Sanding Veneer to Thickness

      Detailed advice on how to thickness-sand veneer with mid-range equipment. June 9, 2007

Question
Does anyone know of a drum sander that does a really good job sanding resawn wood into veneers? I have used several brands including Performax, Delta, General and Grizzly and have not been happy with the thickness consistency on any of them. Any information or suggestions will be greatly appreciated.

Forum Responses
(Veneer Forum)
From John Van Brussel, forum technical advisor:
Good veneer sanders usually have 2 or 3 heads and a vacuum table and cost in excess of 100K. Costa, Heeseman and Butfering are a few manufacturers that make these type of machines.



From contributor F:
I have a few suggestions. I am going to make the assumption that you are speaking of sanding individual leaves of shop made, resawn veneer. I have a nice resaw and have refined a set of fences, jigs and setup that allows me to saw veneer at .03125" (1/32") with great consistency and accuracy using a 3" stellite skip tooth bandsaw blade.

I would first rule out the Performax type machines because of the cantilevered drum design. I would say, though, that if I had one and was willing to learn about its quirks, I am sure I could get it to do the job satisfactorily as to prepping to lay up leaves of veneer for pressing, which I also am assuming is your end goal.

However, I have gotten good results sanding veneer to a consistent thickness with a planer\molder style machine that has a solid steel sanding head that can be installed in place of the molder or planer cutter heads.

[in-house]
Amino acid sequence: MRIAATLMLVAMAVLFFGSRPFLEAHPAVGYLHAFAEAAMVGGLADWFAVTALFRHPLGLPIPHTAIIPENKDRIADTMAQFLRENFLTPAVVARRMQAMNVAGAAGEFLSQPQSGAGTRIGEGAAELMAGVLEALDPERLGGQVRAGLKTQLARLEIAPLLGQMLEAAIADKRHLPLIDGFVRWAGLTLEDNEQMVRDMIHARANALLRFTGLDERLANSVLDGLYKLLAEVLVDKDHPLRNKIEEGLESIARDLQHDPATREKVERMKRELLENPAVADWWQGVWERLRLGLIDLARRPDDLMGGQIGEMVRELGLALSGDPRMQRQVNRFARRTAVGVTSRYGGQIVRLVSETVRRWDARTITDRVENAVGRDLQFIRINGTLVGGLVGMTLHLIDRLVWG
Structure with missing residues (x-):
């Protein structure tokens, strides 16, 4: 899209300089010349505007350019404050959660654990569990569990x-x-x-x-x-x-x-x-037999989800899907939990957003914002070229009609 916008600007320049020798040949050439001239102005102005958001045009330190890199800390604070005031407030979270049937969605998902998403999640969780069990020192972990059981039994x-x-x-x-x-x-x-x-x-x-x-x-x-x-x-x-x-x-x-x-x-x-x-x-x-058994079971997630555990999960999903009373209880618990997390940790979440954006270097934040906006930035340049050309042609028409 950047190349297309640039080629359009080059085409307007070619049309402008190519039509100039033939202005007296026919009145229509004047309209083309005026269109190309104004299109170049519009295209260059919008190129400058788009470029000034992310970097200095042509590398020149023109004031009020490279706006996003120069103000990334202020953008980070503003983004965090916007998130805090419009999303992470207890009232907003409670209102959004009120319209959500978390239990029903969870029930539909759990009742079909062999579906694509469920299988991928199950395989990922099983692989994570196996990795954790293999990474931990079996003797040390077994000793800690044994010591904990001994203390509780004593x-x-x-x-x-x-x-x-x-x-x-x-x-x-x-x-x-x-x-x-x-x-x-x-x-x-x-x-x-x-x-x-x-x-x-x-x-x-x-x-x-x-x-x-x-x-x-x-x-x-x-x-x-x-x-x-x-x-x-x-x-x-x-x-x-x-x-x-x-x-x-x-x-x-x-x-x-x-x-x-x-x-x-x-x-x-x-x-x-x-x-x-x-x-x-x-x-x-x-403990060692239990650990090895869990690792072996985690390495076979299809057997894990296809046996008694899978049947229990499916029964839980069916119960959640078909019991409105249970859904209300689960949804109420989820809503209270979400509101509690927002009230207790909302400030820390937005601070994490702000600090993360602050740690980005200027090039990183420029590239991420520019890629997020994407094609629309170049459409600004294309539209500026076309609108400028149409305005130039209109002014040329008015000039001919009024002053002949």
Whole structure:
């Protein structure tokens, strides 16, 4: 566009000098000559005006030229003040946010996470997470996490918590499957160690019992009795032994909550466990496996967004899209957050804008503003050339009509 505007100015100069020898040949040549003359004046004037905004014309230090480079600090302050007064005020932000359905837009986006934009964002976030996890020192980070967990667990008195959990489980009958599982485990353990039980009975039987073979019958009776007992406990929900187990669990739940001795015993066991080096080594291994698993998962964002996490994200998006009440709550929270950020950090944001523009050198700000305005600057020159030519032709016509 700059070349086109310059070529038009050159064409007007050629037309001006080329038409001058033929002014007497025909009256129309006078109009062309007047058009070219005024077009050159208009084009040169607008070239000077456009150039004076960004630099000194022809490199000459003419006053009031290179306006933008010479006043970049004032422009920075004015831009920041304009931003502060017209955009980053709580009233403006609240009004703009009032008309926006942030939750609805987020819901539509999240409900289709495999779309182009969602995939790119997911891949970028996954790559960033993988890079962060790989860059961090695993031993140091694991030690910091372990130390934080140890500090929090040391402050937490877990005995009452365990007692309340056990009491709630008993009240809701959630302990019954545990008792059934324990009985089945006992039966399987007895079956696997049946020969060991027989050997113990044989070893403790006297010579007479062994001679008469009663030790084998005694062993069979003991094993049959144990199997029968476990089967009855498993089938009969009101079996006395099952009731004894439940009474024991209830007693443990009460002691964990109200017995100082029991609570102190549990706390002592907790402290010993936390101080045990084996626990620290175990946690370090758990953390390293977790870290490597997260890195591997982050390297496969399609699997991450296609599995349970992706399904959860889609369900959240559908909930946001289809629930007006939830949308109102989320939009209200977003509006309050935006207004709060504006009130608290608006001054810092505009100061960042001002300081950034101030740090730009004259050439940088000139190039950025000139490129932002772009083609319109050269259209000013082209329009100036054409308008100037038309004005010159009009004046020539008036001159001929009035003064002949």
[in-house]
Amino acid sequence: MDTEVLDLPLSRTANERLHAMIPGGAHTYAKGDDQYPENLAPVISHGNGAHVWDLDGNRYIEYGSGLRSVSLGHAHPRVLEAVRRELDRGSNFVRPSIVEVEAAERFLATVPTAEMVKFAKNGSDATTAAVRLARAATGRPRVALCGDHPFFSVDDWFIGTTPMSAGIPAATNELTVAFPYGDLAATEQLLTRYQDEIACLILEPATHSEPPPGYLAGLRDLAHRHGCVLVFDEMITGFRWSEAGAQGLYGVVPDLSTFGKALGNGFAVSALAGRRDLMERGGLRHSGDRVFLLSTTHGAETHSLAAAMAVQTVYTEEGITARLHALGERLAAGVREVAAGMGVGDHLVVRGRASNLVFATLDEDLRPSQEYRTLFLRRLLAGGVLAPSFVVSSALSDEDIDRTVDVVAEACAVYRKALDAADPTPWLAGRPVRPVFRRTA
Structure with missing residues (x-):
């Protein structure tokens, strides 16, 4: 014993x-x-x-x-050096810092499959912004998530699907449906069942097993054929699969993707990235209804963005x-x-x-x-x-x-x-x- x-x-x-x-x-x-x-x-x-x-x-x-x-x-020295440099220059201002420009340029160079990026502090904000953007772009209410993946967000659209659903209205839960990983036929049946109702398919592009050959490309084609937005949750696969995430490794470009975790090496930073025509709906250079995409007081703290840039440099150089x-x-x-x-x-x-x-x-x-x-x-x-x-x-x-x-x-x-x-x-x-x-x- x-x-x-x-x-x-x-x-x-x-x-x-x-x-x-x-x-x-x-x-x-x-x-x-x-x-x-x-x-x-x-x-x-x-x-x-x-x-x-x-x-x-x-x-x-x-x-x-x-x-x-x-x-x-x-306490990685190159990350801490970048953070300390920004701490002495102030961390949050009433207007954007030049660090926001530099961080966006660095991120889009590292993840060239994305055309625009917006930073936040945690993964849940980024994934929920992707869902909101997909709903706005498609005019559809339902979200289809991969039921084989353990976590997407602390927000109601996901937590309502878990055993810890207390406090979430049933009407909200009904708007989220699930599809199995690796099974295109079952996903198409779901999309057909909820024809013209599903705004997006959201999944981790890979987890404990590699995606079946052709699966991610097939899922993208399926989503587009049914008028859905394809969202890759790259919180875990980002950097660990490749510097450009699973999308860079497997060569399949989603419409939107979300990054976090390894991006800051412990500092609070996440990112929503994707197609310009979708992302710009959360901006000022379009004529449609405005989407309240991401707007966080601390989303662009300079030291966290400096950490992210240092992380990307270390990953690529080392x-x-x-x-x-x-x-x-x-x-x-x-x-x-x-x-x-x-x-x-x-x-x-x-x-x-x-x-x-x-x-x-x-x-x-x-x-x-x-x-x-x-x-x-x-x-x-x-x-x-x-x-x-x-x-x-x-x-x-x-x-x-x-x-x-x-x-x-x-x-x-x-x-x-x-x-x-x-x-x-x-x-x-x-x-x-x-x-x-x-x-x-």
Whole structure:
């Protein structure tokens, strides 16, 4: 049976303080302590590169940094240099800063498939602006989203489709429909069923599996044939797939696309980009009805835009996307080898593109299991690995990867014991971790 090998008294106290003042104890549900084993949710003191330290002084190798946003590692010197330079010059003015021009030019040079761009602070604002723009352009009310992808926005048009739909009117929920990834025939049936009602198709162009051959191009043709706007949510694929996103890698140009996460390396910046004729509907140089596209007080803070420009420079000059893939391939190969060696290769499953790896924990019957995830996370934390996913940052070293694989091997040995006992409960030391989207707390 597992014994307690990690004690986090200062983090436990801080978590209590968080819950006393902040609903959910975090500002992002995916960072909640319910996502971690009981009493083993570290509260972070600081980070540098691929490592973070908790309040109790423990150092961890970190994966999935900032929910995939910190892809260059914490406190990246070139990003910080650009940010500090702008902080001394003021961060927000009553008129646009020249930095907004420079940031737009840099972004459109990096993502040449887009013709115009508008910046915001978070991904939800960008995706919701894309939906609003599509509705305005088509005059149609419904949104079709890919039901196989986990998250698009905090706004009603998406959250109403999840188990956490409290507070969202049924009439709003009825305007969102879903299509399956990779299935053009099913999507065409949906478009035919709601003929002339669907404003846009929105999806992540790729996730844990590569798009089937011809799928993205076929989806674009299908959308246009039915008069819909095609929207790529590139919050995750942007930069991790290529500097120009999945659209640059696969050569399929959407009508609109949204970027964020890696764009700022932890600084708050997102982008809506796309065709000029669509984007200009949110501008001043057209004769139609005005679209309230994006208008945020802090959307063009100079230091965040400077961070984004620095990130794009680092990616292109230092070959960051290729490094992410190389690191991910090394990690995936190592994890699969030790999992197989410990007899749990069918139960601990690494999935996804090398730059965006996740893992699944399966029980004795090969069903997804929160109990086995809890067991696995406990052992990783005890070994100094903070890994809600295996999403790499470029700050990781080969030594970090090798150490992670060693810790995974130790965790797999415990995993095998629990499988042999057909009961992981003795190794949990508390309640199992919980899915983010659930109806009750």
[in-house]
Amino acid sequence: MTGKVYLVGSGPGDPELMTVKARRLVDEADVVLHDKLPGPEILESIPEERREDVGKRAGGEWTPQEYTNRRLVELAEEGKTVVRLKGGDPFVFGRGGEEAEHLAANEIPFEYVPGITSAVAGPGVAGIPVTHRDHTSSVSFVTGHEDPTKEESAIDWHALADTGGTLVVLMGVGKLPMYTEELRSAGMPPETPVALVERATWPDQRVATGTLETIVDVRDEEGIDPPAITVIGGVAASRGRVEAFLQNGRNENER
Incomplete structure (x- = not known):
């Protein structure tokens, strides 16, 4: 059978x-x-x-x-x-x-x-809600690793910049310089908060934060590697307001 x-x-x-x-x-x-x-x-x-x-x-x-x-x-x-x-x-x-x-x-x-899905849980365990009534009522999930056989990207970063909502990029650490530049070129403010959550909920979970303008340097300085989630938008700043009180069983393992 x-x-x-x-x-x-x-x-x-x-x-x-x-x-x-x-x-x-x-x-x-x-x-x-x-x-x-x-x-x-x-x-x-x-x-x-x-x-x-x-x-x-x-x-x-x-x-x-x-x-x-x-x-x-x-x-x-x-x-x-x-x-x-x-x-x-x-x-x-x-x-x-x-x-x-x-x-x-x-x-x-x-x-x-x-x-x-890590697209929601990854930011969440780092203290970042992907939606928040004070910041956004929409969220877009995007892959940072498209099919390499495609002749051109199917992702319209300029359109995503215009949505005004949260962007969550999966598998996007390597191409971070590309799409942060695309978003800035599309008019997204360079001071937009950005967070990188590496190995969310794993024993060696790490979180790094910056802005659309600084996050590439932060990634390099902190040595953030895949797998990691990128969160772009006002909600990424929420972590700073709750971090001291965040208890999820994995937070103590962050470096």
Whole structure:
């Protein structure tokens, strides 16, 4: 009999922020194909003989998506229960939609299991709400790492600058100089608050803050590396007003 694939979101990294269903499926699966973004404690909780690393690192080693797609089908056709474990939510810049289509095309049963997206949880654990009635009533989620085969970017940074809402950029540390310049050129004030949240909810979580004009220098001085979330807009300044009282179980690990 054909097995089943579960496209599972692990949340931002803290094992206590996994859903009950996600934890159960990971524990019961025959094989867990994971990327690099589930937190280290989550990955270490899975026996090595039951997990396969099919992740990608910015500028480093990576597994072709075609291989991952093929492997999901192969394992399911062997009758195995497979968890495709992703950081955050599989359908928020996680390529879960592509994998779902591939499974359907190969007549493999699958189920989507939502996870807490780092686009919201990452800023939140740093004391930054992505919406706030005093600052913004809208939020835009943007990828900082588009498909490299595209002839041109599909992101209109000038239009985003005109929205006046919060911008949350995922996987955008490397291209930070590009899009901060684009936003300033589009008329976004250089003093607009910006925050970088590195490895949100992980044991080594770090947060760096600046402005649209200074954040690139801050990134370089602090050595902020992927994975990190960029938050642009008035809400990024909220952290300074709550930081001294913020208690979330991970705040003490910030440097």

The thing about a lot of machines is that they are not always sent from the factory with the fussy, caliper wielding craftsman in mind. They are generally set up to give good visual results to someone using a tape measure and burning an inch.

If you have any of those sanders that you mentioned using but were unhappy with, I suggest tuning and adjusting the parallelism of the sanding head and the table.

My machine is a sheet metal housing clad RBI planer/molder/sander/etc. The sheet metal housing aside, it has a solid steel bed and has solid enough support for the cutter head, and a well made enough elevation system to do what it is supposed to do well.

Most machines of this nature are capable of having adjustments made to the elevation mechanism of the machine that will fine tune the bed to head parallelism. After you have a machine that is properly adjusted, you must learn to work within the capabilities of sandpaper. Sandpaper does not work the same as a planer knife, in that with sandpaper, you cannot set the machine to a given elevation and then send two leaves of veneer through the machine that have greatly differing thicknesses and expect them to emerge on the outfeed side of the machine being exactly the same thickness.

The work needs to be done as slowly as the sandpaper's capabilities allow. At times I have been on projects that have required me to resaw large quantities of veneer. I found it to be much more efficient with those kind of quantities to take the veneer to someone who rents time on a wide belt sander. The typical scenario is you call the guy, make an appointment, and then tail off on the sander while he operates and feeds the veneer into the machine.